A screen grab from the Rdio website shows rocker Brendan Benson's… (Rdio )
Subscription music services offering unlimited access to a massive online jukebox have been around for more than a decade, but they're still struggling to attract a mass audience. Meanwhile, some musicians complain that the likes of Spotify and Rhapsody pay such minuscule royalties, it's counterproductive for artists to support them.
Now, one of those services -- Rdio -- is trying to solve both problems at once. On Tuesday it plans to launch a new payment system that gives money directly to artists for attracting new customers to the service.
Participating artists will receive $10 for every person they persuade to sign up for Rdio and remain on the service for more than a month. They'll also receive free Rdio accounts and the tools to set up customized artist pages, enabling other users to see what they're playing, the playlists they create and the music they recommend.
The move, which has been in the works for months, aligns the interests of artists and Rdio more tightly than any other subscription service, potentially separating Rdio from market leader Spotify and other rivals. It's not likely to make any indie band's bank account swell to match Kanye West's, and some may wonder whether they're getting a fair share of the benefit they're bringing to Rdio. Nevertheless, it's a new revenue stream for musicians at a time when recording artists need all they can get.
The idea for the payments comes from Rdio's co-founder Janus Friis, whom musicians may remember as the co-founder of the Kazaa file-sharing network. The most popular of the original Napster's successors, Kazaa helped turn illegal downloading into the mainstream activity it has become -- a development that the major labels and recording artists say caused CD sales to plummet.
"There is no art without artists," Friis said in a news release, with no apparent hint of irony. "As part of this industry, we know a business that doesn't reward its most important contributors is a business that has to change."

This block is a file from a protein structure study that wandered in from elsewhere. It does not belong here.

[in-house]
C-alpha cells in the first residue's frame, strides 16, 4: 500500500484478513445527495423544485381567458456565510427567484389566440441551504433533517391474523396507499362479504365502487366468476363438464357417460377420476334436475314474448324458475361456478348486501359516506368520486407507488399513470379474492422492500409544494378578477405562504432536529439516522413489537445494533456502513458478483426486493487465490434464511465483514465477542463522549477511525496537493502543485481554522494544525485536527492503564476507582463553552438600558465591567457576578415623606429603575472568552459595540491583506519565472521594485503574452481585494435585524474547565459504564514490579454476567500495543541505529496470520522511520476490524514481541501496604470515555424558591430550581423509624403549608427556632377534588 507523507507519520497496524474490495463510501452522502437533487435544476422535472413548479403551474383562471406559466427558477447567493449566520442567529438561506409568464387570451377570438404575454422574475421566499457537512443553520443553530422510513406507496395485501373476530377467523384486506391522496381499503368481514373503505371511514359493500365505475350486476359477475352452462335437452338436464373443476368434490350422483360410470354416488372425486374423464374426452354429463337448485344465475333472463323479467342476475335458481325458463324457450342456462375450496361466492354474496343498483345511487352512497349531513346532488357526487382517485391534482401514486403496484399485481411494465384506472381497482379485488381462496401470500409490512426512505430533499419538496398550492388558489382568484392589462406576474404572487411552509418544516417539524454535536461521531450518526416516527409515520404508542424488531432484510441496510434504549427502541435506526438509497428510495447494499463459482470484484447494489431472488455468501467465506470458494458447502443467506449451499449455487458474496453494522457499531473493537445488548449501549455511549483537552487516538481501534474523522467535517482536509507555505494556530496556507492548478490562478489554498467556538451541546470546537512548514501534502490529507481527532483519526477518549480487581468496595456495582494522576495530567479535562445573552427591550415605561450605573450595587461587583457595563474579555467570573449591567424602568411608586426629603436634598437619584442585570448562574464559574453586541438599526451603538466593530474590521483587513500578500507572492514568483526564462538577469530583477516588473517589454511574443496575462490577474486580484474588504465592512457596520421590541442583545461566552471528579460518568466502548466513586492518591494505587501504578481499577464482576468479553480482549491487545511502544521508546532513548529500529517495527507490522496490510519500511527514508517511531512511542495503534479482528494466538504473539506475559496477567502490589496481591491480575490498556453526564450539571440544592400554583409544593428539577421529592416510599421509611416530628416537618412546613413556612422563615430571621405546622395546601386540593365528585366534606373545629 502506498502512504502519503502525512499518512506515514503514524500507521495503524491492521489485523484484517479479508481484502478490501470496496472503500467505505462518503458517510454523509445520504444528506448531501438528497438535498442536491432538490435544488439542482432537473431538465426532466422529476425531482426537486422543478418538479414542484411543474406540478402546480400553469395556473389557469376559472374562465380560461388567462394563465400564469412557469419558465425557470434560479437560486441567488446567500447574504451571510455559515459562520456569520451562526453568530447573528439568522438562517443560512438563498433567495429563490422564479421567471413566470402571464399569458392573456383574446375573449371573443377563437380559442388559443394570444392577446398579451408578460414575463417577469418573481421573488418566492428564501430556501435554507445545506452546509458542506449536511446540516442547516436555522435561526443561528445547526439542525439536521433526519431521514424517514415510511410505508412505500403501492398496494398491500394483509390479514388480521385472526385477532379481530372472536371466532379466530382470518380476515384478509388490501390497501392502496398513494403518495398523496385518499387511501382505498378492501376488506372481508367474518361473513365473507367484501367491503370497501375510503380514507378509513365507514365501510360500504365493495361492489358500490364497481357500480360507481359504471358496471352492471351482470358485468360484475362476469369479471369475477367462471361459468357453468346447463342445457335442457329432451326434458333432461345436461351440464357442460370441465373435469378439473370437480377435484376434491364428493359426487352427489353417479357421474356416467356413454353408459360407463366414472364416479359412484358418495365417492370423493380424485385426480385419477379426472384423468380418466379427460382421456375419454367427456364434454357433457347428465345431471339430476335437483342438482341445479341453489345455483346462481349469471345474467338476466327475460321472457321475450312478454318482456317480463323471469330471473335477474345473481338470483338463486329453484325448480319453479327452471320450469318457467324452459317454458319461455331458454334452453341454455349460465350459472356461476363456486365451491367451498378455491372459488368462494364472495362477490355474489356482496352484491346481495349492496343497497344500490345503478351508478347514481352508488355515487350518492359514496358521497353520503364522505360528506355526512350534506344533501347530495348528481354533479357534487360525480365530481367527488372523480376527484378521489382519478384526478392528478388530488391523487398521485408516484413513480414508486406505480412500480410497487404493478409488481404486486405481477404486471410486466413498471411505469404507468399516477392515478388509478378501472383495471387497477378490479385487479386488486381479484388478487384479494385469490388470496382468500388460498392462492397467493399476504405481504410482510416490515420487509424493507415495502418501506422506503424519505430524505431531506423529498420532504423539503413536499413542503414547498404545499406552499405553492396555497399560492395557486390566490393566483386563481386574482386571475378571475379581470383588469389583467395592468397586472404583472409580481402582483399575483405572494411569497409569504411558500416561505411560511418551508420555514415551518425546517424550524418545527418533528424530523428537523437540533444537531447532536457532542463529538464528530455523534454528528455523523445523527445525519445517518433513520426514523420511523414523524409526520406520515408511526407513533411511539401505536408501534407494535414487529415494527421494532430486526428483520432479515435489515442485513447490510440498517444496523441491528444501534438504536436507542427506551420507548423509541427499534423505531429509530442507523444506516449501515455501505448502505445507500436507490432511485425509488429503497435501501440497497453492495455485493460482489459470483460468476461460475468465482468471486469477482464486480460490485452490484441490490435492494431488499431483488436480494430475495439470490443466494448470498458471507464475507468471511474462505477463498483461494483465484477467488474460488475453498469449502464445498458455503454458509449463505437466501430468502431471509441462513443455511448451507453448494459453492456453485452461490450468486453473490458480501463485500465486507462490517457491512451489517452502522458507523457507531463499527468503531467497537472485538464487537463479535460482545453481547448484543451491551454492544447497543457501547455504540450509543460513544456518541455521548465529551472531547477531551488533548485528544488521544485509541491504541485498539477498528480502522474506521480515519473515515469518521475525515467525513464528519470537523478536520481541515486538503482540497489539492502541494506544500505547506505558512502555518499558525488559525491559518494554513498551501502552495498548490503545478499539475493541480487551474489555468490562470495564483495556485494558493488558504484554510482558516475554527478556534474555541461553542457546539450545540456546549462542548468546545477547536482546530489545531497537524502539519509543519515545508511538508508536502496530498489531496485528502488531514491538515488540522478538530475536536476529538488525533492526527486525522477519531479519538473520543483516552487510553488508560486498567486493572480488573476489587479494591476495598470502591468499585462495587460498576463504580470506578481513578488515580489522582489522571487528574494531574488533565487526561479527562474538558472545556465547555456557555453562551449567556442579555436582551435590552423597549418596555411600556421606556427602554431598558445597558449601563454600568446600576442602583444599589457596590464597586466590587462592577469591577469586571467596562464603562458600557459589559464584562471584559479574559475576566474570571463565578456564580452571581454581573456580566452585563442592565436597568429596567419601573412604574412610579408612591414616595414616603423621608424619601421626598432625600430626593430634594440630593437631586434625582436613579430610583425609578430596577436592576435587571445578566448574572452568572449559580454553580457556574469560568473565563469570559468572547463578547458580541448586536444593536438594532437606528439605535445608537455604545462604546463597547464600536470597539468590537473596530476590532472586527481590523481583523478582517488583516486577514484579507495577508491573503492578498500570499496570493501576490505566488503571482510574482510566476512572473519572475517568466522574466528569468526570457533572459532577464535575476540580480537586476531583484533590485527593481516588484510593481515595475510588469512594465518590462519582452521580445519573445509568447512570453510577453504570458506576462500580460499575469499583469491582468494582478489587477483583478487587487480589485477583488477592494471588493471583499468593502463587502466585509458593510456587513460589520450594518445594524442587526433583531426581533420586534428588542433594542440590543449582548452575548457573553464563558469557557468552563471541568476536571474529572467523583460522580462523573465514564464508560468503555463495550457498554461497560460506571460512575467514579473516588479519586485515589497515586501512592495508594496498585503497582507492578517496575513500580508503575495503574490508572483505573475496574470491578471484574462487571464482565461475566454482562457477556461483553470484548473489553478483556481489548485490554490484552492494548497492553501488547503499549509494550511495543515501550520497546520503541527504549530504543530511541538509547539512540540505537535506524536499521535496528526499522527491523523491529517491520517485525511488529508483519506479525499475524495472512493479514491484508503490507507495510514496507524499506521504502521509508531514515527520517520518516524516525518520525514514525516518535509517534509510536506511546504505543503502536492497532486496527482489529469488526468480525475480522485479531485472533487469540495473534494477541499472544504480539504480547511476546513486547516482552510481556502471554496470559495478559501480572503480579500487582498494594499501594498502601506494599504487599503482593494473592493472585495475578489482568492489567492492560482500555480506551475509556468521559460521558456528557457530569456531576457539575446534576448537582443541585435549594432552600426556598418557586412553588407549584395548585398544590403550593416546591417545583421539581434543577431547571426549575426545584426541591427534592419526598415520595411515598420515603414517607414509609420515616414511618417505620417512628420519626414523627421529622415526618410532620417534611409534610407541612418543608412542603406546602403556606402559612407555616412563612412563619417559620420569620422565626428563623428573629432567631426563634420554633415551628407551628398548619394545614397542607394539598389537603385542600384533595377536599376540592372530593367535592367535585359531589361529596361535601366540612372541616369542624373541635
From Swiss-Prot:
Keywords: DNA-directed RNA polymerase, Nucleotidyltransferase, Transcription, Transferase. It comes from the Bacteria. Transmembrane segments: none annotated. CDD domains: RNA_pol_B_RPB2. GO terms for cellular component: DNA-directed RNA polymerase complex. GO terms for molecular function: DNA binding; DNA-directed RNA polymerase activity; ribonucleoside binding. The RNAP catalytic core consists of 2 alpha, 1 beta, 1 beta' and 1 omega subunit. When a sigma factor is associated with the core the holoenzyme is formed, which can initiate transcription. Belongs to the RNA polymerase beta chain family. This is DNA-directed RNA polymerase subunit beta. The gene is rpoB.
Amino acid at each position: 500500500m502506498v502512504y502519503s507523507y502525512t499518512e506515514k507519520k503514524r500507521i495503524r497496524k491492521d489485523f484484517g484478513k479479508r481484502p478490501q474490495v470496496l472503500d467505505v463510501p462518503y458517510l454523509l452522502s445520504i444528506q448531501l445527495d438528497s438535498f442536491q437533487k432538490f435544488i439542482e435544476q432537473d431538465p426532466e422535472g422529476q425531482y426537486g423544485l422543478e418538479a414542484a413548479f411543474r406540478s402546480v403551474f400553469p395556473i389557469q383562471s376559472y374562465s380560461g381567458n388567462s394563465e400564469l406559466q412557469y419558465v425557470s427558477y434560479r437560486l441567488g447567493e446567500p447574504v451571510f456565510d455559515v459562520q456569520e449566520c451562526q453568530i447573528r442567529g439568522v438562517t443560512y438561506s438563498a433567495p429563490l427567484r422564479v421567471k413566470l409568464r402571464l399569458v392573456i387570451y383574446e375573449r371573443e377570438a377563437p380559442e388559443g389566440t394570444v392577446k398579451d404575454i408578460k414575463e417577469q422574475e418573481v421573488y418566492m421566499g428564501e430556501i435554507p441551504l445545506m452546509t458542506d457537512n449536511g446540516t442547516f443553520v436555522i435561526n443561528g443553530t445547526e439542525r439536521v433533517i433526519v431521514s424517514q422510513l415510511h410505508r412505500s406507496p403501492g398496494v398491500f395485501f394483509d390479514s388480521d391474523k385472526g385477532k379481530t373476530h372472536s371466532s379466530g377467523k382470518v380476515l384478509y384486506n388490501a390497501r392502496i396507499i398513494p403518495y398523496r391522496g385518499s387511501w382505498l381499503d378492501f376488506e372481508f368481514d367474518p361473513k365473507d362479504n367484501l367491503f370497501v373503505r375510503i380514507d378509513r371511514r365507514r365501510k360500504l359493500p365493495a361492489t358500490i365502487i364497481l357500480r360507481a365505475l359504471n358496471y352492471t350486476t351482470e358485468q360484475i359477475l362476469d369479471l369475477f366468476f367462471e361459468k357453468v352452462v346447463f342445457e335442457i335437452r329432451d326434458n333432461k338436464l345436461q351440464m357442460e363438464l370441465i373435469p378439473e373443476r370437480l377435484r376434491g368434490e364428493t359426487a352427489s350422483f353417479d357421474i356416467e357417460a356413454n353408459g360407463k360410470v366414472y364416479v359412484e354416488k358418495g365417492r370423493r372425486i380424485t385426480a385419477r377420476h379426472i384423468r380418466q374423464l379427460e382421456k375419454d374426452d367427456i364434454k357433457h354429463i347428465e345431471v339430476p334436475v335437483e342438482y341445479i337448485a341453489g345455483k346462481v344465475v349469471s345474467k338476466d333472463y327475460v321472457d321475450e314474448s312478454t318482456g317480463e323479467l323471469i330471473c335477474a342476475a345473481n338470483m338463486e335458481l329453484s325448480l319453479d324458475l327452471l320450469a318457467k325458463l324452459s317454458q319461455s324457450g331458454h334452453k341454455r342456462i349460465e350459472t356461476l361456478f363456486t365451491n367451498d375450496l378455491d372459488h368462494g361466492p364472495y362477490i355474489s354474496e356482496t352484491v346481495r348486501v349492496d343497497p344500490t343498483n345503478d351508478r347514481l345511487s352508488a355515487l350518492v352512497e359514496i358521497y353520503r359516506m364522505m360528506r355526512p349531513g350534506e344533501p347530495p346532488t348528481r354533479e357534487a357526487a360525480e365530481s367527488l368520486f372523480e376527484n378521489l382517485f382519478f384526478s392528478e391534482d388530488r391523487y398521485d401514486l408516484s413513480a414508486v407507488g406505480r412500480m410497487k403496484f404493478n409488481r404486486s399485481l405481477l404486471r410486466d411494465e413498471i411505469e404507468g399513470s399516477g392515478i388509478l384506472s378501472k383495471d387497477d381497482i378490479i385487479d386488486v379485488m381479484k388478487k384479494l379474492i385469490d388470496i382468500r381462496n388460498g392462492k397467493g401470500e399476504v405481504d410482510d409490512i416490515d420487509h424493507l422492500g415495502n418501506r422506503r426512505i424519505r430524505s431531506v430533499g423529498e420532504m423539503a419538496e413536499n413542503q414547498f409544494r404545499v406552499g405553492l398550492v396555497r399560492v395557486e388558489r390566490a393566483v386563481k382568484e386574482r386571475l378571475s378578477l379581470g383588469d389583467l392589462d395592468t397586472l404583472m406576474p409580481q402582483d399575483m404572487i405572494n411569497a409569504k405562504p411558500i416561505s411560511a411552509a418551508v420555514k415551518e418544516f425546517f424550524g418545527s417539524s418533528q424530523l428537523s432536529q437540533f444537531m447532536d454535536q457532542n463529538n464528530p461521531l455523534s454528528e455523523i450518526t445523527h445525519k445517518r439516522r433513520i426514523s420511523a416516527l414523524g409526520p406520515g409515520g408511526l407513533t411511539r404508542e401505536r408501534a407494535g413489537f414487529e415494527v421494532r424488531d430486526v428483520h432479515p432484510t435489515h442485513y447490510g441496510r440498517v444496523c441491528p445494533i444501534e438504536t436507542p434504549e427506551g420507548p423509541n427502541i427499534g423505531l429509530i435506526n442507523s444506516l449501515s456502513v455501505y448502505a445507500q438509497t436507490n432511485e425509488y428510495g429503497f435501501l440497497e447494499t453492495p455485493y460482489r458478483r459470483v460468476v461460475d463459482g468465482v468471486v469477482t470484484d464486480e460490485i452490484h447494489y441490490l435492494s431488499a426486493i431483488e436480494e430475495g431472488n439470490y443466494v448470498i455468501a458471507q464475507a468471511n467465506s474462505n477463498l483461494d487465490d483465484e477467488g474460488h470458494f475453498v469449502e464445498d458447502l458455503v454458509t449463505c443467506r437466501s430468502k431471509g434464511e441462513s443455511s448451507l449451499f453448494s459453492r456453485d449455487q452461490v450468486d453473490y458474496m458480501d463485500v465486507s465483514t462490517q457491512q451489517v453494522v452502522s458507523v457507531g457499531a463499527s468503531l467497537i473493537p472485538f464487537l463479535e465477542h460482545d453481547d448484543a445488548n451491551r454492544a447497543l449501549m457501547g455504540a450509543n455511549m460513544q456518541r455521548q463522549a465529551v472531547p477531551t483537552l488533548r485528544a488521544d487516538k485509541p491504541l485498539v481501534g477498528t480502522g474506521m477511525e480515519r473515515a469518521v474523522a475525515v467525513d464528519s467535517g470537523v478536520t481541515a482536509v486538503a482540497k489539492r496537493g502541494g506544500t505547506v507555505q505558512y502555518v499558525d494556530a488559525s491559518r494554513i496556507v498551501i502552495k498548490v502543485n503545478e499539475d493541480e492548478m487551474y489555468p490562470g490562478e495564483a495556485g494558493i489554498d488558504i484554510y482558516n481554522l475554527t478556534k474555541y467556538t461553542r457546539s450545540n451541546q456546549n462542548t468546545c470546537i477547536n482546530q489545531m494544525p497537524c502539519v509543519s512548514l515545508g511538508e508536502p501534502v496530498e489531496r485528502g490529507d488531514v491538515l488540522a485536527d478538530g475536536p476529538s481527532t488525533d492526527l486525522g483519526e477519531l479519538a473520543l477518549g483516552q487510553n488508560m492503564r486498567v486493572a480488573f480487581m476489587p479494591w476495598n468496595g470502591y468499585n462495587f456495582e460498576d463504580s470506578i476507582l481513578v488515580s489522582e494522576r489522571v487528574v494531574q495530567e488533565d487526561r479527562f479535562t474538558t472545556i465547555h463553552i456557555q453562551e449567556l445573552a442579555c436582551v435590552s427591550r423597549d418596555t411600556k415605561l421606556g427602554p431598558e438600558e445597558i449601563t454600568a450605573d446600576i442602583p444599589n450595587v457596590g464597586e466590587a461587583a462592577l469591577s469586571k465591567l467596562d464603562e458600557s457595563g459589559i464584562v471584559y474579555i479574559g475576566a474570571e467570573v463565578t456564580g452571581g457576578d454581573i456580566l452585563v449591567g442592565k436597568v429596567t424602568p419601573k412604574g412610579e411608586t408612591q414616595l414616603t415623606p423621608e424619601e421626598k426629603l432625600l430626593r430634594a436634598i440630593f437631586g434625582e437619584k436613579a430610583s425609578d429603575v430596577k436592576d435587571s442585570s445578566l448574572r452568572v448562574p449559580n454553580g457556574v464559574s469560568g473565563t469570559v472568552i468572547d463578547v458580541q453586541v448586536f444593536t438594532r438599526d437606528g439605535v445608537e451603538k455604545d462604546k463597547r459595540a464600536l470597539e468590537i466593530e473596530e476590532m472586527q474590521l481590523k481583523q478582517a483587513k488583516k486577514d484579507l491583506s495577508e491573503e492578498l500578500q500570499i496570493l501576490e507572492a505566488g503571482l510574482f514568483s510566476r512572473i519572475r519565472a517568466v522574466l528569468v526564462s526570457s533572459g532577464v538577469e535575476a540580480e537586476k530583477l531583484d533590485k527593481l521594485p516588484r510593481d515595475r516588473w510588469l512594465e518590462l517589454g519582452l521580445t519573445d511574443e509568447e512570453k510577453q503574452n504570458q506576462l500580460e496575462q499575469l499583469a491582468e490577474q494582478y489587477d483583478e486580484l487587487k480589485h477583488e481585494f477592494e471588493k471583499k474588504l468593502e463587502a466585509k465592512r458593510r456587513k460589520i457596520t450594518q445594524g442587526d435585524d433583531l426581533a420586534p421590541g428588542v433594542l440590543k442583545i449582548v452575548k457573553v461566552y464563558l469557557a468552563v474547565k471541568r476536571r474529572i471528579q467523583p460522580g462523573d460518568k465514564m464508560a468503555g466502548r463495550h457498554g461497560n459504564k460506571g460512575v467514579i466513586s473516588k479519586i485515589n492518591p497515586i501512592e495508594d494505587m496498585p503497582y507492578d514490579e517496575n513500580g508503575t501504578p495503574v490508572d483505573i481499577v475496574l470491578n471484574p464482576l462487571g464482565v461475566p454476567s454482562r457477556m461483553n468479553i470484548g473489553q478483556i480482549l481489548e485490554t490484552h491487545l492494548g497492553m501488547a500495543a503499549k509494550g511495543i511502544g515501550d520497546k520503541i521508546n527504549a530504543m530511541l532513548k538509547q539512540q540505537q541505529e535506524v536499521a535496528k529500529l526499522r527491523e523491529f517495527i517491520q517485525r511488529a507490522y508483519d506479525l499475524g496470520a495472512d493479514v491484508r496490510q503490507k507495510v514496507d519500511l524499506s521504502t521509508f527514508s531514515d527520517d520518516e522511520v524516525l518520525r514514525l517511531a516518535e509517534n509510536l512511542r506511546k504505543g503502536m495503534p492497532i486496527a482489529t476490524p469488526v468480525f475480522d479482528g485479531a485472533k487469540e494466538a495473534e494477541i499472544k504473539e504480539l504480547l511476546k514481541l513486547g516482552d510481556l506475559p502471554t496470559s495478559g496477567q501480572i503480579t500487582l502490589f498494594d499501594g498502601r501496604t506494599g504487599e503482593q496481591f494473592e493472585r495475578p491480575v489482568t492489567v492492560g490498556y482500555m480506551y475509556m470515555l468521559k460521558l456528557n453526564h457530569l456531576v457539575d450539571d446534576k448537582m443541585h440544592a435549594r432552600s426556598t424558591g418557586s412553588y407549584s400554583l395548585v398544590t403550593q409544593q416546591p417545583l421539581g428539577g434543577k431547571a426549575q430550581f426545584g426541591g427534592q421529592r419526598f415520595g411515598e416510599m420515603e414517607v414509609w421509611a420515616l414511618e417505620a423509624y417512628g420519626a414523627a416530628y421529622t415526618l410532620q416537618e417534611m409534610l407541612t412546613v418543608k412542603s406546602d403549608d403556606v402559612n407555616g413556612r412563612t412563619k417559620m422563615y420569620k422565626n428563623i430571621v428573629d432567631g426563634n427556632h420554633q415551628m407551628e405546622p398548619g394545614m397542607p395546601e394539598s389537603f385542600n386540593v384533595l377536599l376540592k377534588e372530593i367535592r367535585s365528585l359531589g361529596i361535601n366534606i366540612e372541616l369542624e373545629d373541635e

It would be a mistake to see this as a personal gesture by Friis, however. Rdio is trying to make the leap from a niche product for music junkies -- people with such a voracious appetite for songs that they're constantly on the lookout for something new -- to a product that appeals to people who don't spend a lot of money on music. The artist-payment plan coincides with the company's first big advertising blitz, which includes TV commercials and high-profile billboards.
Some artists have criticized the streaming services for paying too little for the music that they're building their businesses on. The services typically pay a percentage of their monthly revenue to their music-industry partners -- the labels and unaffiliated artists -- based on the number of times that subscribers play the songs in each copyright holder's catalog. That translates to a fraction of a penny per play.
Drew Larner, Rdio's chief executive, said the problem for artists wasn't the royalty rate as much as the limited popularity of the subscription services. With roughly 10 million or 11 million paying customers globally, there's just not enough music being played to generate the kind of royalties that, say, Sirius XM can generate with its 25 million users, Larner said.
Larner argued that an artist who brings new customers to Rdio can benefit from more than just the one-time payment of $10 per head. Those fans are likely to play the lots of the artist's music, Larner said, which would generate more royalties for the artist and his or her label.
The early participants include rapper Snoop Dogg, indie rock band Gold Motel and rocker Brendan Benson, whose Rdio page is shown above. Emily White, who manages Benson and Gold Motel, scoffed at the notion that Rdio's new system wasn't generous enough. Her artists are happy with the $10-per-head fee, she said, because "they're so used being paid pennies and dollars." She added that all of the artists she represents who are participating love Rdio, and "most would be recommending it anyway."
With sales of recorded music far below their level in the years before file sharing, the challenge for musicians today is to find revenue wherever they can. "We're competing with free," White said. "So if we can derive revenue from a streaming platform, I'm all for it." She added that the easy part is persuading hardcore fans to pay for an artist's work. The bigger challenge is converting the casual listener into a paying customer, which is the direction Rdio is trying to go.
Casey Rae-Hunter, deputy director of the musicians advocacy group The Future of Music Coalition, said he's all for new approaches that pay artists directly rather than funneling money into the "black hole" of major-record-label accounting. But he was still skeptical of Rdio's offer, which he saw as mainly a public relations effort.
He argued that there's a finite number of fans an artist can deliver to Rdio, so there's only so much an artist can hope to make from the new system. But those customers can deliver far more in value to the service than Rdio will ever pay to the artist who recruited them, Rae-Hunter said.
"Just because you're underpaying artists," he said, "doesn't mean you're making up for it by having them be your best marketers."
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Jon Healey writes editorials for The Times. Follow him on Twitter @jcahealey